April 2022 Treasure of the Month

Our featured treasure for April is this double dated 1710 eight escudos from the Spanish colonial mint in Lima, Peru. As can be seen in the image a double dated coin contains two dates, one located in the bottom half of the coin and the second in the legend of the coin (at the 10:00 o’clock position). According to the letter that accompanies a picture of the coin, it was found in 1987 near Johns Island north of Vero Beach. This would place it at the Corrigan’s Beach wreck site. (Corrigan’s has been the site of many great treasure recoveries including the famous Tri-Centennial Hoard of 2015). As can be seen, the letter was written by Lou Ullian who was an original member of the famous Real Eight Company. Ironically it was sent to Dave Horner who himself was a famous author of shipwreck and treasure related books.

As will be discussed later, the letter appears to have been written as a photo-certificate prepared by Lou Ullian for Mr. Dave Horner who intended to buy the coin. The letter provides all of the pertinent details of the coin in anticipation of the sale ($12,250.00). This seems to be the case inasmuch as there is a handwritten note on the same letter by Lou Ullian in 1993 providing an updated appraisal ($18,000.00). All in all, a gorgeous coin with a rare double date.  Regrettably, only one side of the coin was featured in the letter. Although described as fully struck, what the cross side actually looked like would remain a mystery for several decades. This coin remained out of sight for over 25 years finally re-emerging in 2016 as Lot #13 in Sedwick Treasure Auction 19, as confirmed by our Advisory Board member Charlie Winn, who researches coin pedigrees from the 1715 Fleet.

Horner Specimen double dated 1710 Lima eight escudos as it appeared in Treasure Auction 19.(Photo courtesy of Daniel Frank Sedwick, LLC)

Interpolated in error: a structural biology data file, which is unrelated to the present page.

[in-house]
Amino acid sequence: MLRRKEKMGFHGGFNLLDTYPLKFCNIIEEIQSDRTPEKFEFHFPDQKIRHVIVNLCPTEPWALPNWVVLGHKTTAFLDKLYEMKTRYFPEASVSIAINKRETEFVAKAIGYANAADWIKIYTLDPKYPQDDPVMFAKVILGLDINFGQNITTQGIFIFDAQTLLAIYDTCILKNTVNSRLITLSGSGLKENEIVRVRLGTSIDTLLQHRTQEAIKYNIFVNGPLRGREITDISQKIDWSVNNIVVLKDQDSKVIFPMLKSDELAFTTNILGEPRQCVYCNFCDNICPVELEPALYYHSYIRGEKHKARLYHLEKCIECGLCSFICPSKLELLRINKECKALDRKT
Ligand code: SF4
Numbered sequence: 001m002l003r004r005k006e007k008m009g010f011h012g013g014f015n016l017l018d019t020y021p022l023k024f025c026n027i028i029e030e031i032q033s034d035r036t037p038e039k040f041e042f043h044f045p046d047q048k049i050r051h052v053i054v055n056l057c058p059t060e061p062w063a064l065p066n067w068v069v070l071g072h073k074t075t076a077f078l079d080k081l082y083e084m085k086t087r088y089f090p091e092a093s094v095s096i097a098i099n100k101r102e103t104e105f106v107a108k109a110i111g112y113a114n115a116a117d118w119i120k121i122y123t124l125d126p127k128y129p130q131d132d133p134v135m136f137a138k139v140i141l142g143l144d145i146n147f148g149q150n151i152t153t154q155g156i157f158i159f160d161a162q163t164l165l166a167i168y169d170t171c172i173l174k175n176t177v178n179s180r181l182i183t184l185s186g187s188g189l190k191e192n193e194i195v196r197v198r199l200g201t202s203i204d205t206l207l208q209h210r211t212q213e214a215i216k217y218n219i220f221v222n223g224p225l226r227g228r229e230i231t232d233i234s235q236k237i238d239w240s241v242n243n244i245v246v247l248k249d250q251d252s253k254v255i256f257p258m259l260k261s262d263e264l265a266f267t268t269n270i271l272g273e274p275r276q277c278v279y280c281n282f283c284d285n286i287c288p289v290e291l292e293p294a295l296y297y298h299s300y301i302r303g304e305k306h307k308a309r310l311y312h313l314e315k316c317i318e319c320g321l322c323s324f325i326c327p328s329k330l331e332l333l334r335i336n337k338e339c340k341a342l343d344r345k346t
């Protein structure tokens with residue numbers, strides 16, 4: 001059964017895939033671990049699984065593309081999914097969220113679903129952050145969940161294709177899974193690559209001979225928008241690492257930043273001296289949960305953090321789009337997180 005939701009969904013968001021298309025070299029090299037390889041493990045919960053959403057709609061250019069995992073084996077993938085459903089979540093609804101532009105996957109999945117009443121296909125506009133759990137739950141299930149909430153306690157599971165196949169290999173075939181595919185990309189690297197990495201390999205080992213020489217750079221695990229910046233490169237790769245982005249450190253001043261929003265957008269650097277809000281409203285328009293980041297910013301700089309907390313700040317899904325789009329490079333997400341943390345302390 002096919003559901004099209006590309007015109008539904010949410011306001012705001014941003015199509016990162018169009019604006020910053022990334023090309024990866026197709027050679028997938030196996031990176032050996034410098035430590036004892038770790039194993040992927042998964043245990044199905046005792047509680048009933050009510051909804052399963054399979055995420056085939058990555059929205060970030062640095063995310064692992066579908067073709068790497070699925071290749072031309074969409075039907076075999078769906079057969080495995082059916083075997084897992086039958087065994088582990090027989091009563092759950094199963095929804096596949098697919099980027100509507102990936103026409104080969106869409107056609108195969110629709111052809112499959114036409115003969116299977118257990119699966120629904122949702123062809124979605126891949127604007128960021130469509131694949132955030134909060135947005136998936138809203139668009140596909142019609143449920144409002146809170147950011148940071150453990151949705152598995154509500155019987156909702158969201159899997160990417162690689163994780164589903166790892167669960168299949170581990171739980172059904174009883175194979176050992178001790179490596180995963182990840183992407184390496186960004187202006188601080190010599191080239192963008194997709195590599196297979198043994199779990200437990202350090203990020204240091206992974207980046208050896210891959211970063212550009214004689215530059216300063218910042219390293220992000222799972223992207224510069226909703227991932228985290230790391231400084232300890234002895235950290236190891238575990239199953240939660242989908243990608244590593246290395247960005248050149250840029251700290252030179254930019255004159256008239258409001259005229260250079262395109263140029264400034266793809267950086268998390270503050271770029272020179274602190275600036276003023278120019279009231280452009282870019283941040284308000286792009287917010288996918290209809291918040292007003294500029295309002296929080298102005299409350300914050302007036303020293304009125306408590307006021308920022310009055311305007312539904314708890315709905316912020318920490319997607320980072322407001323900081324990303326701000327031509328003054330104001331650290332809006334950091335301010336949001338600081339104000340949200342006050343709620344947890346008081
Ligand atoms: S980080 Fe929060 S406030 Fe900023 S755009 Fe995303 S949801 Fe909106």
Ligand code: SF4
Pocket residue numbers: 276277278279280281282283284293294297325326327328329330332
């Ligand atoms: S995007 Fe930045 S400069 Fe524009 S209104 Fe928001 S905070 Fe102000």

There it is described as a choice specimen weighing 27.03 grams and exhibiting a full second date in the legend. Also, we were now able to get an opportunity to finally view the cross side. The cross, although slightly off center, was boldly struck confirming the description in Lou Ullian’s letter. There was some minor doubling of the cross but no obvious breaks or distortions which are common features of Lima mint crosses from this era. Some spotty encrustation in crevices on the surface of the coin adds character and is further evidence of the coin’s ocean origin. The description further references the July 15, 1990 letter as a photo-certificate from Lou Ullian and pedigreed to the Dave Horner Collection.

As the photo-certificate letter indicates, the Lima mint started to double date their gold coins in 1710. After discontinuing the practice in 1711 they resumed double dating their coins again in 1712 although the second date is often not visible.  As to why the Lima mint started double dating their coins in 1710, we do not know. Nor do we know why they paused this practice in 1711. There are no documents that we know of that mentions this procedure. Most of the 1710’s that show at least 50% of a legend date are described as double dated in auction catalogues. So, how many double dated coins exist is ambiguous. Most 1710’s do show some trace of a legend date.

One additional note regarding Lou Ullian’s letter is worth mentioning. He remarks in the final sentence that the coin pictured in his letter is only one of two double dated coins known to exist at that time. Below is a double dated 1710 with a photo-certificate letter prepared by Lou Ullian.

1710 Lima 8 Escudo

This letter describes a double dated 1710 Lima eight escudos found in the same general area as our featured Treasure of the Month. According to the letter, this coin was found in the summer of 1975. It was sold to a private collector by Lou Ullian in 2006. Could this be the other double dated 1710 referred to by Lou Ullian in his 1990 letter to Dave Horner?

Here is an image of a double dated 1712 found in 1964.

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